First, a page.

JAMES H. SISTY, whose home is on section 24, Read township, Butler county, has resided here since April 1868. He came to Nebraska, however, in the fall of 1867, before the county was organized. The difference between the past and the present can scarcely be realized, even by those who have been active participants in the development of the county. Those arriving in later years can have no conception of what was required by the early settlers in transforming the wild land into productive farms and thriving cities and villages. In this work of transformation our subject has borne an important part, and has secured for himself a comfortable home and competence.

Mr. Sisty was born in Columbia county, Pennsylvania, November 16, 1820. His grandfather, John Sisty, who was of French descent, was born in 1760, and died in 1801, being laid to rest in the First Baptist cemetery, on Second street, between Market and Arch streets, Philadelphia, Pennsylvania. He was a Revolutionary hero, having aided the colonies in their struggle for independence. He married a lady of German extraction, and the third son born to them was Curtis Sisty, our subject's father, whose birth occurred in Delaware. On reaching manhood he was married in Pennsylvania to Miss Jane McEwen, by whom he had the following children: James H., John, William, Milton, Margaret and Susan.

In 1831, when James H. Sisty was eleven years old, the family emigrated to Seneca county, Ohio, where he was reared. In 1848, in Henry county, that state, he was united in marriage with Miss Mary E. Crockett, and in Ohio were born to them the following children: Hannah J., Arthur C., John, Ezra B., Warren, Ellen, Mabel, Curtis and Erwin G. The mother died after the removal of the family to Nebraska, and Mr. Sisty was again married in September, 1883, his second union being with Mary Thomas, who was born in Pennsylvania, in 1845, a daughter of Thomas Thomas, a native of Wales. She came to Nebraska from Wisconsin in 1882, and by her marriage to our subject she became the mother of one son, Nelson J. By a former marriage she has a daughter, who is now the wife of Arthur C. Sisty, a son of our subject by his first wife.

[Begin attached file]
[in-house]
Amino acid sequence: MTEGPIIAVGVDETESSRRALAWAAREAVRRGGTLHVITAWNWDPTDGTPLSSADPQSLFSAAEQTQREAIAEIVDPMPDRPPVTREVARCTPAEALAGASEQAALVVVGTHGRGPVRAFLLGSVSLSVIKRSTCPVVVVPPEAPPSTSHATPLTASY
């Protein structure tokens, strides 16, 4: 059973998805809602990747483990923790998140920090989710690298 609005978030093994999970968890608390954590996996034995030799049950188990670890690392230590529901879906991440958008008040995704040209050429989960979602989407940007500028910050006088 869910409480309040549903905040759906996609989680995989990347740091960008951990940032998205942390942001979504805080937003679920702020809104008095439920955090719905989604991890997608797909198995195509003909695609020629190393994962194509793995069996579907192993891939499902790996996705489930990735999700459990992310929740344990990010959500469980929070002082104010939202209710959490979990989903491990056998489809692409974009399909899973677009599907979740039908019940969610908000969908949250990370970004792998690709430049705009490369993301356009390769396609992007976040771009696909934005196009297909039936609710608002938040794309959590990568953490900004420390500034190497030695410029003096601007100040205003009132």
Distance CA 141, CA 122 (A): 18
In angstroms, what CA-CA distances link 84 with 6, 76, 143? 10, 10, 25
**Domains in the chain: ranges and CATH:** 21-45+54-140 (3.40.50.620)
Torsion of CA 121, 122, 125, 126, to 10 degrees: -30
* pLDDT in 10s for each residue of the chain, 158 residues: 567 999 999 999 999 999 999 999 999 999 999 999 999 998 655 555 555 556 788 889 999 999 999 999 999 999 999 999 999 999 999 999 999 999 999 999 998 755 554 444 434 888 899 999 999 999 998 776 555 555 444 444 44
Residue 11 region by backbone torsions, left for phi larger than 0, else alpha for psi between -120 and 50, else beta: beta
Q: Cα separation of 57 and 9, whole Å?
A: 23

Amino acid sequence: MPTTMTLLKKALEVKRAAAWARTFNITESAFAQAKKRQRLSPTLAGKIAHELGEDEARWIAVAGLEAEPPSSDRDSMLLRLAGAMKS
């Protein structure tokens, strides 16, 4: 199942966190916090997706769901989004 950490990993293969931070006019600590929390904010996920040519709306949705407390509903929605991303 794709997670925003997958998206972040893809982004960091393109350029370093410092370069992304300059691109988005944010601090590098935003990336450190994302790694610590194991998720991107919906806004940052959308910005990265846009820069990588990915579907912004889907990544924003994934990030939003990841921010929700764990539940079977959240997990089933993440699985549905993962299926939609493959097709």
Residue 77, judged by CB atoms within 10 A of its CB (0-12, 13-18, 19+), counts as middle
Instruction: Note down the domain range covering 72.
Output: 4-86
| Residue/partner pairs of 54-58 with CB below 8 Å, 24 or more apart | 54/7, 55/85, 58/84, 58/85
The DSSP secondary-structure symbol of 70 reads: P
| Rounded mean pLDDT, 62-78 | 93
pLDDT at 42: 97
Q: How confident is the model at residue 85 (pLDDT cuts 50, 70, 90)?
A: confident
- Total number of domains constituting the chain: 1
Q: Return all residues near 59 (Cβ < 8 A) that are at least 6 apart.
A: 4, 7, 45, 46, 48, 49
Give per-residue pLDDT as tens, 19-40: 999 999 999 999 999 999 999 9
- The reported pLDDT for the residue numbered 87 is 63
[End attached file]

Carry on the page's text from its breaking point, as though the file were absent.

Mr. Sisty manifested his loyalty and pariotism (sic) during the war of the Rebellion, by enlisting in Company C, Fifty-fifth Ohio Volunteer Infantry, and faithfully serving until the close of the war. After the fall of Atlanta! his regiment joined Sherman's army on the celebrated march to the sea. Mr. Sisty was always found at his place of duty, valiantly defending the old flag and the cause it represented, and in days of peace has proved a valuable citizen of the community, winning the confidence and esteem of all with whom he comes in contact either in business or social life. Politically he is an ardent Republican, and never fails to cast his ballot for the candidates of that party/


THE HISTORY OF CAMDEN COUNTY ,NEW JERSY by George Reeser, Prowell (1886)